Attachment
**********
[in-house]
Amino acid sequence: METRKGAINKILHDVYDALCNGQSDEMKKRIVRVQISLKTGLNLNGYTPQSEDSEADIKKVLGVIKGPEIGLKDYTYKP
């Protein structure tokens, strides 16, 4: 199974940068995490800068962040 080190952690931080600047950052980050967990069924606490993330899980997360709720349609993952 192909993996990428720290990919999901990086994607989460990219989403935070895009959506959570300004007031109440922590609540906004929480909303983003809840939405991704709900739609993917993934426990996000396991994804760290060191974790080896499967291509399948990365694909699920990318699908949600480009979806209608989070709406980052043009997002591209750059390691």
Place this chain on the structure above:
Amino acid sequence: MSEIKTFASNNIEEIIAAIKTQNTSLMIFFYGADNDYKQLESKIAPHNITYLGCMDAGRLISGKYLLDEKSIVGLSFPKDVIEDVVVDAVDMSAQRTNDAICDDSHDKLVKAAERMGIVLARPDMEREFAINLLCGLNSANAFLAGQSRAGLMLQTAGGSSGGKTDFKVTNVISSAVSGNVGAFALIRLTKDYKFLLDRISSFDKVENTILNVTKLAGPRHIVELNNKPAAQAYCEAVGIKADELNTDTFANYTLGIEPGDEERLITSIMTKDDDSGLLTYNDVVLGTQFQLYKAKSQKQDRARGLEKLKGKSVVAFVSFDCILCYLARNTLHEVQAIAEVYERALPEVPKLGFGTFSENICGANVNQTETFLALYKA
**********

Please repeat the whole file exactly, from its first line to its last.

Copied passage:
[in-house]
Amino acid sequence: METRKGAINKILHDVYDALCNGQSDEMKKRIVRVQISLKTGLNLNGYTPQSEDSEADIKKVLGVIKGPEIGLKDYTYKP
């Protein structure tokens, strides 16, 4: 199974940068995490800068962040 080190952690931080600047950052980050967990069924606490993330899980997360709720349609993952 192909993996990428720290990919999901990086994607989460990219989403935070895009959506959570300004007031109440922590609540906004929480909303983003809840939405991704709900739609993917993934426990996000396991994804760290060191974790080896499967291509399948990365694909699920990318699908949600480009979806209608989070709406980052043009997002591209750059390691």
Place this chain on the structure above:
Amino acid sequence: MSEIKTFASNNIEEIIAAIKTQNTSLMIFFYGADNDYKQLESKIAPHNITYLGCMDAGRLISGKYLLDEKSIVGLSFPKDVIEDVVVDAVDMSAQRTNDAICDDSHDKLVKAAERMGIVLARPDMEREFAINLLCGLNSANAFLAGQSRAGLMLQTAGGSSGGKTDFKVTNVISSAVSGNVGAFALIRLTKDYKFLLDRISSFDKVENTILNVTKLAGPRHIVELNNKPAAQAYCEAVGIKADELNTDTFANYTLGIEPGDEERLITSIMTKDDDSGLLTYNDVVLGTQFQLYKAKSQKQDRARGLEKLKGKSVVAFVSFDCILCYLARNTLHEVQAIAEVYERALPEVPKLGFGTFSENICGANVNQTETFLALYKA